This article originally appeared in the June 2010 issue of Popular Woodworking.
The dream of a “barn find” looms large in most people’s imagination, whether it’s 1,000 board feet of 18″-wide walnut or a ’67 Mustang (pony interior, of course). Problem is, it rarely happens to you.
My turn came last fall when I stumbled on an old Delta Unisaw. And I mean WWII-era old. The serial number and a quick Internet search gave me a “born on” date of 1944, about the fourth year of production for this stalwart table saw model.
But finding this relic and owning it were two separate matters. The contents of the building where I discovered it were to be sold at auction. So just how much should I pay for the saw? Would it be a steal? Would a “collector” bid up the price? The auctioneer asked for $125. No takers. Next he asked for $75 and a hand went up. Then $100 and my hand went up. In a matter of seconds, it was mine for $165.
And thus began my relationship with a 65-year-old woodworking machine. As you would expect, “getting acquainted” was the first order of business after hauling the Unisaw back to the Popular Woodworking Magazine shop.
There were three things that first struck me about my “new” machine: 1) how familiar it looked (there had been very few significant design changes through the decades);
2) the Art-Deco style and logo were very cool looking; and 3) the shape of the motor was far different from any “modern” motor I’d ever seen.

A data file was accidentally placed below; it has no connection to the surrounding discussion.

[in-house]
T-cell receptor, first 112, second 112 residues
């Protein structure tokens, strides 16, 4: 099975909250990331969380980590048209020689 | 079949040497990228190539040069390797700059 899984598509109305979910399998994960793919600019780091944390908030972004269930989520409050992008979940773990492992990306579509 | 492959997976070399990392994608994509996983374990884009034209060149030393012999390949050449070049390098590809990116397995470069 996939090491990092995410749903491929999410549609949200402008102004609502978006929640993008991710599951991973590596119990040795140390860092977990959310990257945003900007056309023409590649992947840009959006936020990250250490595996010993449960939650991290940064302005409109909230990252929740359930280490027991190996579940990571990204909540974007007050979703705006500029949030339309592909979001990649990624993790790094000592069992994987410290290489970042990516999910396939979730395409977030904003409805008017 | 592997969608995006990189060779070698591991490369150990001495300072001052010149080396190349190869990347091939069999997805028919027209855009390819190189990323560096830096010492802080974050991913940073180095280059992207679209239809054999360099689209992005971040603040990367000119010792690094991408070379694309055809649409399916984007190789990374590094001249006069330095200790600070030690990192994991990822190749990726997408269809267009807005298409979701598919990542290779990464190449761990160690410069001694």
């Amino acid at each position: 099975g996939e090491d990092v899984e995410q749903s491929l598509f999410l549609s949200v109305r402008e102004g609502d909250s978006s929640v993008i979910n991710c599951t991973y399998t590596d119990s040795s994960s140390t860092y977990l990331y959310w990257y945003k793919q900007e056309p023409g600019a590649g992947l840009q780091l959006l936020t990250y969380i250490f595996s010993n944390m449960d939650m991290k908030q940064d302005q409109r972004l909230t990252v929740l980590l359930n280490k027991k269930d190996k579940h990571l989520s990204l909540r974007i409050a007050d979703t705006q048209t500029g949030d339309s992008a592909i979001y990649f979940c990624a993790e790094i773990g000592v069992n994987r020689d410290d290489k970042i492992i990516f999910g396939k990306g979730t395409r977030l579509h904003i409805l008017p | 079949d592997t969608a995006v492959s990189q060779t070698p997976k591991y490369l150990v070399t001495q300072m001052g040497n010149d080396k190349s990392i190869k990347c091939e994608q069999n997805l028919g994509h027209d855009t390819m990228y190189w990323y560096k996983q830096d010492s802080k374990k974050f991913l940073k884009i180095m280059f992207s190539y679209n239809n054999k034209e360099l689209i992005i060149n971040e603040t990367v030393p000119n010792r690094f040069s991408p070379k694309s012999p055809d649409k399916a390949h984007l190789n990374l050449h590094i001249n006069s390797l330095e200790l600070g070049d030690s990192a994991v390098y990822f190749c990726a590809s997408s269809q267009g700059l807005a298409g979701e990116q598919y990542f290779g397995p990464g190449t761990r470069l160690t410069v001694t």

I’ve owned two table saws during the past 30 years and both were made by Delta (a “contractor” saw purchased in 1980 or so, then a new Unisaw I bought in 2000) and it was clear this 1944 version shared a lot of the same DNA. The old saw’s fence was essentially the same as the Jet Lock rip fence from my contractor saw. The overall look, interior workings, trunnions and more looked like they could easily interchange between Unisaws. In fact, when I decided to upgrade the 1944 Unisaw with a new Biesemeyer fence, I found the hole centers and bolt sizes for attaching the new fence were exactly the same today as they were 65 years ago.
What I did find completely different was the motors. Just about all motors on modern machines are capacitor-start induction motors. The capacitor element of the motor, simply stated, helps give the heavy motor armature an extra jolt of power to get it up to speed, then it cuts out. This old saw uses a repulsion-induction motor. To get this armature up and running, extra power feeds through four carbon brushes and a commutator. When the armature turns fast enough, centrifugal force cuts out the extra juice.
Because of its shape, the monster 86 pounder was called a “bullet” motor. The plate rated it at just 1-horsepower, but in use, I can only say they must have made horses differently back then. Or, to quote an old friend in the woodworking machine industry, “Those old motors had more guts than a butcher’s dog.”
Back at the shop, I was tempted to simply plug it in and flip the switch for a quick “test drive.” However, my instincts suggested a thorough look at the switch and plug wiring. Although the outside sheath was intact, I found the inner wire insulation was dry-rotted and required replacement.